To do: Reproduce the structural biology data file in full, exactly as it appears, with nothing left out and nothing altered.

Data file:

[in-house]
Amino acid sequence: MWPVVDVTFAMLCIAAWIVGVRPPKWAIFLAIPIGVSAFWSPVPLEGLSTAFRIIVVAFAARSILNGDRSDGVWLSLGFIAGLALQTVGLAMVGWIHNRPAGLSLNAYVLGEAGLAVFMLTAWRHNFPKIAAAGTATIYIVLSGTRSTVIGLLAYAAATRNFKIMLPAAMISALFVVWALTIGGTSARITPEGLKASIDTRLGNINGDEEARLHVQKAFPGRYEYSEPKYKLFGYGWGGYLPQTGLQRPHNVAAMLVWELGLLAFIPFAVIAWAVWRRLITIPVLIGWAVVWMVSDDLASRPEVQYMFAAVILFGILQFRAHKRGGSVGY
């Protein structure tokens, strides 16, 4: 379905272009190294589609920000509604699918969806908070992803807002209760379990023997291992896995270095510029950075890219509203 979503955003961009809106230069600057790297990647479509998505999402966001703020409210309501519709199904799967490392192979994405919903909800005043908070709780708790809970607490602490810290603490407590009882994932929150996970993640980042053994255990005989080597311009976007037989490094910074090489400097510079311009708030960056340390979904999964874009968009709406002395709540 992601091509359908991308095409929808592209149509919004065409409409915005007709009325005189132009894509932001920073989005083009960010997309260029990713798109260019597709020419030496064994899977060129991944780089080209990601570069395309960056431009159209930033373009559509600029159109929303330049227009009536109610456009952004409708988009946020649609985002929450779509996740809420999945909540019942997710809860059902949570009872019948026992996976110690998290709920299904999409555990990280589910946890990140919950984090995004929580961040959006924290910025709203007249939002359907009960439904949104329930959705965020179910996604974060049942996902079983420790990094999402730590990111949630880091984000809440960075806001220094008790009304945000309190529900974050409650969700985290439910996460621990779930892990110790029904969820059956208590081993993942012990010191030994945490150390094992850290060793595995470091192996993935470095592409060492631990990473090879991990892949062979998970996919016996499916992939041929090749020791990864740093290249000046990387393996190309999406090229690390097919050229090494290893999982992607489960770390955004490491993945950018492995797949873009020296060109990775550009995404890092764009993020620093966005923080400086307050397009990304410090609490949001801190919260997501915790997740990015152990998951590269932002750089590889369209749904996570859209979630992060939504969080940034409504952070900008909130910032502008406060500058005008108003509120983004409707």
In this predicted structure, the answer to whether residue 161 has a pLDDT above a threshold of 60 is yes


[in-house]
Amino acid sequence: MWPVVDVTFAMLCIAAWIVGVRPPKWAIFLAIPIGVSAFWSPVPLEGLSTAFRIIVVAFAARSILNGDRSDGVWLSLGFIAGLALQTVGLAMVGWIHNRPAGLSLNAYVLGEAGLAVFMLTAWRHNFPKIAAAGTATIYIVLSGTRSTVIGLLAYAAATRNFKIMLPAAMISALFVVWALTIGGTSARITPEGLKASIDTRLGNINGDEEARLHVQKAFPGRYEYSEPKYKLFGYGWGGYLPQTGLQRPHNVAAMLVWELGLLAFIPFAVIAWAVWRRLITIPVLIGWAVVWMVSDDLASRPEVQYMFAAVILFGILQFRAHKRGGSVGY
């Protein structure tokens, strides 16, 4: 379905272009190294589609920000509604699918969806908070992803807002209760379990023997291992896995270095510029950075890219509203 979503955003961009809106230069600057790297990647479509998505999402966001703020409210309501519709199904799967490392192979994405919903909800005043908070709780708790809970607490602490810290603490407590009882994932929150996970993640980042053994255990005989080597311009976007037989490094910074090489400097510079311009708030960056340390979904999964874009968009709406002395709540 992601091509359908991308095409929808592209149509919004065409409409915005007709009325005189132009894509932001920073989005083009960010997309260029990713798109260019597709020419030496064994899977060129991944780089080209990601570069395309960056431009159209930033373009559509600029159109929303330049227009009536109610456009952004409708988009946020649609985002929450779509996740809420999945909540019942997710809860059902949570009872019948026992996976110690998290709920299904999409555990990280589910946890990140919950984090995004929580961040959006924290910025709203007249939002359907009960439904949104329930959705965020179910996604974060049942996902079983420790990094999402730590990111949630880091984000809440960075806001220094008790009304945000309190529900974050409650969700985290439910996460621990779930892990110790029904969820059956208590081993993942012990010191030994945490150390094992850290060793595995470091192996993935470095592409060492631990990473090879991990892949062979998970996919016996499916992939041929090749020791990864740093290249000046990387393996190309999406090229690390097919050229090494290893999982992607489960770390955004490491993945950018492995797949873009020296060109990775550009995404890092764009993020620093966005923080400086307050397009990304410090609490949001801190919260997501915790997740990015152990998951590269932002750089590889369209749904996570859209979630992060939504969080940034409504952070900008909130910032502008406060500058005008108003509120983004409707």
In this predicted structure, the answer to whether residue 161 has a pLDDT above a threshold of 60 is yes